As distressed oil-and-gas-related loans continue to mount, the markets’ attention is turning to loan commitments that banks have not yet funded.  According to a recent Wall Street Journal article, ten large U.S. banks have disclosed $147 billion in unfunded loan commitments that oil and gas companies can draw upon, though the banks are expected to reduce energy credit lines secured by proven reserves by more than 30% this spring.  Smaller and international banks hold more of these unfunded commitments worth billions of dollars.  Market observers note that energy companies may be tempted to draw on these lines as they grow increasingly distressed.  According to the WSJ article, “a handful of energy borrowers announced more than $3 billion of drawdowns against these types of loans” in the first quarter of this year.  Although banks historically have not disclosed these commitments, they have begun doing so recently, with oil and gas prices in a sustained decline.

The decline in energy prices has led to a steady stream of news reports about the deteriorating quality of energy-related loans and the increase in potential losses that banks face from their exposure to the energy sector.  For instance, recent reports have revealed that some large banks, including Wells Fargo and Comerica, are likely to find more than 50% of their energy-related loans in danger of default this year.  Numerous banks have reported increases in reserves set aside for energy loan losses.  In addition, a recent Fed survey of banks revealed negative spillover effects in business and household loans – including commercial real estate, automobiles, and credit cards – made in regions dependent on the energy sector.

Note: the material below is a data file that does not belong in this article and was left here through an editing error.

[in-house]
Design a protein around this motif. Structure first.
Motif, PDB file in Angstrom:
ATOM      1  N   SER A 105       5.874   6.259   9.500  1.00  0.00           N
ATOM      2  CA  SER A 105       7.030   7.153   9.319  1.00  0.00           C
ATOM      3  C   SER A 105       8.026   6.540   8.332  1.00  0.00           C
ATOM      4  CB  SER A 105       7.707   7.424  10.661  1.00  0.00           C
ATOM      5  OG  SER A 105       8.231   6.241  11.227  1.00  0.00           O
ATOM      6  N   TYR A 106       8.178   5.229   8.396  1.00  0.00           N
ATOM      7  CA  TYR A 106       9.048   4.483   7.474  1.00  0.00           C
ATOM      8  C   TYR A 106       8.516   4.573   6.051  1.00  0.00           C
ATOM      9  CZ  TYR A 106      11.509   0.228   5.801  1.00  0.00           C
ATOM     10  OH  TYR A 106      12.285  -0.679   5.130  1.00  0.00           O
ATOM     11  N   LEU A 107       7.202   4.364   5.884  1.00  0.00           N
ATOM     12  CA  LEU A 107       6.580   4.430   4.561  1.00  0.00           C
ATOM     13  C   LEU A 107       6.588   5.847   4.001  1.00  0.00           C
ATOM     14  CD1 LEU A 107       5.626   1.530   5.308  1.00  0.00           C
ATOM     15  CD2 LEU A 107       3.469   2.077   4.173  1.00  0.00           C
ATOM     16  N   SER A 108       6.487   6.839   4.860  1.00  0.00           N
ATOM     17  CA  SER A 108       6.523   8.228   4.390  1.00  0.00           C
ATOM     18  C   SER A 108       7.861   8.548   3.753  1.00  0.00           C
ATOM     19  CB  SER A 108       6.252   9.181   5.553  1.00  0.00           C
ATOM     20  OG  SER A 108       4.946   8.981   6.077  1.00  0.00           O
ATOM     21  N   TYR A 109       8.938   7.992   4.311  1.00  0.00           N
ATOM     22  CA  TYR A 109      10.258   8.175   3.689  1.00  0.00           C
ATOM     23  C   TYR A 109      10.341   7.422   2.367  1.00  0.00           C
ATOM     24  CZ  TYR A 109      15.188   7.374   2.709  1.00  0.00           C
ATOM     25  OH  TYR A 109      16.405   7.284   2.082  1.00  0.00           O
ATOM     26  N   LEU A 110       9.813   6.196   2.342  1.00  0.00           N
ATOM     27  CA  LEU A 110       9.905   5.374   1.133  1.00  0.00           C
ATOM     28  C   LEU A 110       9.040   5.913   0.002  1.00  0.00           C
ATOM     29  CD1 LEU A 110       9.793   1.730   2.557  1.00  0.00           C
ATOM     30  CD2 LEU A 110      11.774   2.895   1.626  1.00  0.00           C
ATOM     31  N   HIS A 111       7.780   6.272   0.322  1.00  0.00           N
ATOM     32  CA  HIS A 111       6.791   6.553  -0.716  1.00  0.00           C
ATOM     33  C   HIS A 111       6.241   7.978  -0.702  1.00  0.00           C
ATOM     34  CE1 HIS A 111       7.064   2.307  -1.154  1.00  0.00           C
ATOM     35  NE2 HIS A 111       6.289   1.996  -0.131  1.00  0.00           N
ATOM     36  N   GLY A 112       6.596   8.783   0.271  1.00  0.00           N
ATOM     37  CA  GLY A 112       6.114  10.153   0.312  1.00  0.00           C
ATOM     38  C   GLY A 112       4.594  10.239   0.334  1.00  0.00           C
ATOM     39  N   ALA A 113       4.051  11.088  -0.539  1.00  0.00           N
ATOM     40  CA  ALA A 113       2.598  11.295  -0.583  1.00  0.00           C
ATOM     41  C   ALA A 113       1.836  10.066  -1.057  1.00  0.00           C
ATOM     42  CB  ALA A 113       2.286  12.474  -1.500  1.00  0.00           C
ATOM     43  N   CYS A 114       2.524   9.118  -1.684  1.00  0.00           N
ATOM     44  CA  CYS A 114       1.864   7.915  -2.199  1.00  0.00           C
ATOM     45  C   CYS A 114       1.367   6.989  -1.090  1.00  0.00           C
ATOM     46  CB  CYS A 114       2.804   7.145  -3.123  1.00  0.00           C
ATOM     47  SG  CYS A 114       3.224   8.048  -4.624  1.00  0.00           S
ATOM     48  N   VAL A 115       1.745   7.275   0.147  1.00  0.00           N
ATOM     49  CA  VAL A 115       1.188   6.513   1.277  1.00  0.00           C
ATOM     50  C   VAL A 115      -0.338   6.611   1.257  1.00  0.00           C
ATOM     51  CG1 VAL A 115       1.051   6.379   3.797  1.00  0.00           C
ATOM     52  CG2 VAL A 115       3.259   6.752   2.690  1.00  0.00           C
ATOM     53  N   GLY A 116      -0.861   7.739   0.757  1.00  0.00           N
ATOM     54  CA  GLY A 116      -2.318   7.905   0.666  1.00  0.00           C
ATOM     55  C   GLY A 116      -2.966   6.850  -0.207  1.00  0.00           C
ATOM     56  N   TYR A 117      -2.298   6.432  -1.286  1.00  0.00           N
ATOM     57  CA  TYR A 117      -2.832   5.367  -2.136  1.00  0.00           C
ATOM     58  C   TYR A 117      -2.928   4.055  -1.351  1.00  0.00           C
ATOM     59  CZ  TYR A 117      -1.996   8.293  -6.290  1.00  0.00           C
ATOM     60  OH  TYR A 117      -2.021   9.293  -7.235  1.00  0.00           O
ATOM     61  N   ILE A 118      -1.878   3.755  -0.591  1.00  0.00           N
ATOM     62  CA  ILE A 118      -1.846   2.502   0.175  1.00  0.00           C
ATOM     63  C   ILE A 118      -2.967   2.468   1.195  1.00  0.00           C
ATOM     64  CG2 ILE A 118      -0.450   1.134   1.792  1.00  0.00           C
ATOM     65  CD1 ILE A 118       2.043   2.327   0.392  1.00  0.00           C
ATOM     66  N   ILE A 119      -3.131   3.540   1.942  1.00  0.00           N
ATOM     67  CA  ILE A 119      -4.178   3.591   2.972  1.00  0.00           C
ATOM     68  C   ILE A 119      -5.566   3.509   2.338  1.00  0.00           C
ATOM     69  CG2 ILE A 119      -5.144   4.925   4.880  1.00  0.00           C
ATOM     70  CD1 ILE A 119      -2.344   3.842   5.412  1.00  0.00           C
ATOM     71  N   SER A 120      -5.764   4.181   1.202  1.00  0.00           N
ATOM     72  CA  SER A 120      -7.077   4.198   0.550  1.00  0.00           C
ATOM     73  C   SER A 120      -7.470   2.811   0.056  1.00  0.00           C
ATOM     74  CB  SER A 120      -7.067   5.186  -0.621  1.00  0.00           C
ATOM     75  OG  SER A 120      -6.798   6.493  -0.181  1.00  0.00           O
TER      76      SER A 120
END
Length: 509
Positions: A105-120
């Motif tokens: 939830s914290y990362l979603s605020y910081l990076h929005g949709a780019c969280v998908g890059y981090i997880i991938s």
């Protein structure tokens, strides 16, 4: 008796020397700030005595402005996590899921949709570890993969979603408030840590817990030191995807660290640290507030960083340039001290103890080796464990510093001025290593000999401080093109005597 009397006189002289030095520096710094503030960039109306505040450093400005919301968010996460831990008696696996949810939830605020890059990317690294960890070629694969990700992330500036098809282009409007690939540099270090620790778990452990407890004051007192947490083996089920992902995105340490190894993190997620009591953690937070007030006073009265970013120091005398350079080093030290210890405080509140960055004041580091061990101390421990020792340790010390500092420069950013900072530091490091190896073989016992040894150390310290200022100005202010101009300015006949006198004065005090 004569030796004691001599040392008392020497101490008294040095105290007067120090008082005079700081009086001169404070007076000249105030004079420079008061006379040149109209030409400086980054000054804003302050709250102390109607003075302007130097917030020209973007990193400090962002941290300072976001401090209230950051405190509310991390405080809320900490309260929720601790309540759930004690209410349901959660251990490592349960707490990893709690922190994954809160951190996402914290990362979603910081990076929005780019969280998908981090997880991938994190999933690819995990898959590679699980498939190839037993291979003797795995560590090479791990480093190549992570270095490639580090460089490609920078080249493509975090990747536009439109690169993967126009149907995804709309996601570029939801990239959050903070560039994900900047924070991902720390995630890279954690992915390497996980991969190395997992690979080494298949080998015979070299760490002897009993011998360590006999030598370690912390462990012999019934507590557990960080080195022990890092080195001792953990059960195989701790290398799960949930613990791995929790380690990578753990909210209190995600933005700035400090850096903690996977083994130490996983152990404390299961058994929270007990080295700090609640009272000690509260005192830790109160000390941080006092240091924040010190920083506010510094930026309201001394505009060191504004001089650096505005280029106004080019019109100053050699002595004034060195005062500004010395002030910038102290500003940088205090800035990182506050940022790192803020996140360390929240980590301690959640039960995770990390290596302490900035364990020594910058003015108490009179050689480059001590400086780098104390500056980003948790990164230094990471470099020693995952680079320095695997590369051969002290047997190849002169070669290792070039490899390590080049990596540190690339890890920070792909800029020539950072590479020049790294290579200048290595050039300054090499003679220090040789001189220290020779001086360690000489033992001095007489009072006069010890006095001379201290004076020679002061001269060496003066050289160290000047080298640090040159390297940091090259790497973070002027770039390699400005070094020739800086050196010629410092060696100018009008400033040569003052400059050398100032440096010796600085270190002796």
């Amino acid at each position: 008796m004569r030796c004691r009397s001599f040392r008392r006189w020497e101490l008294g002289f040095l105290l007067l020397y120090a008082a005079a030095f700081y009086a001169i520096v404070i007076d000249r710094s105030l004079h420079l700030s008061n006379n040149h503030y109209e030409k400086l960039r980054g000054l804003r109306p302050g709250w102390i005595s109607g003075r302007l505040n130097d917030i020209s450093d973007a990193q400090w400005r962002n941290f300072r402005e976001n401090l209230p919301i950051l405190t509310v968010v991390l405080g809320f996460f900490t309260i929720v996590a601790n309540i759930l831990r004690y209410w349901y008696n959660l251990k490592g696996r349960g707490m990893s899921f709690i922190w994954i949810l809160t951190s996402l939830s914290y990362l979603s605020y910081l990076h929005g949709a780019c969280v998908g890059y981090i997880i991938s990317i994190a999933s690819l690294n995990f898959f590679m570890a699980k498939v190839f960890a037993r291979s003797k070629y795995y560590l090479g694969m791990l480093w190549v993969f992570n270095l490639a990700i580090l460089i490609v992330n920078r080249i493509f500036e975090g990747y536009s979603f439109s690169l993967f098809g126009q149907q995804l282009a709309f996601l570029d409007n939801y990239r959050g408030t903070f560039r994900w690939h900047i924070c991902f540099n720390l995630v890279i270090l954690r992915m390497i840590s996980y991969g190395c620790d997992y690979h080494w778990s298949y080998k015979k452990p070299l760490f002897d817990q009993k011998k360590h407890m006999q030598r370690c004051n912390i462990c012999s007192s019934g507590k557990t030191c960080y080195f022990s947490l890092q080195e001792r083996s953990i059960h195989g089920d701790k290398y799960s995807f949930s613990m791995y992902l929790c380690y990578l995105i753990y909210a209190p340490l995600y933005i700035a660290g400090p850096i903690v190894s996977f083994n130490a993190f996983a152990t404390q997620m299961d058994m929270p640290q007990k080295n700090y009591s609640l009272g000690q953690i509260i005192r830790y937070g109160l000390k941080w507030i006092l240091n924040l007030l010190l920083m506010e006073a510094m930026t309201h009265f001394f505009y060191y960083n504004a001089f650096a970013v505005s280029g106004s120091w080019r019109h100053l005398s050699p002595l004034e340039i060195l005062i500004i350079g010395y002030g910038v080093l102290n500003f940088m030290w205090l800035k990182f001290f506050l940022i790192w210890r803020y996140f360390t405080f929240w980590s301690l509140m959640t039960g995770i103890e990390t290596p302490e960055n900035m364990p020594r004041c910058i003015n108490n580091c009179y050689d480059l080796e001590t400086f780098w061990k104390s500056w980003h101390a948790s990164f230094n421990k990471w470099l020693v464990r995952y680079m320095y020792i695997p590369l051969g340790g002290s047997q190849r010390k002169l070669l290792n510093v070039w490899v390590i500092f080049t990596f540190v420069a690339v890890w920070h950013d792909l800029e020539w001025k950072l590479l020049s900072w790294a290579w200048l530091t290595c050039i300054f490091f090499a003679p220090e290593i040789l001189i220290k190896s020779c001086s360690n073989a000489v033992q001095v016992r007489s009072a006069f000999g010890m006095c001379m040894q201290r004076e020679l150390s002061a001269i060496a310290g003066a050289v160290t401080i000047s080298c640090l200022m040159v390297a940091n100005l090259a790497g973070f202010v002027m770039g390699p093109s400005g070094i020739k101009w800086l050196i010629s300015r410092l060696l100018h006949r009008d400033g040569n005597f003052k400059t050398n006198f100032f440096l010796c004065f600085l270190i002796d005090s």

Although oil prices have been in a slump for well over a year, the number of energy (and related) loans entering the distressed category appears to be picking up rapidly in 2016.  Just last week, JP Morgan announced that the value of “criticized” loans to the energy sector had more than doubled – from $4.5 billion to $9.7 billion – in the first quarter.  We will continue to monitor and post on new developments as they occur.

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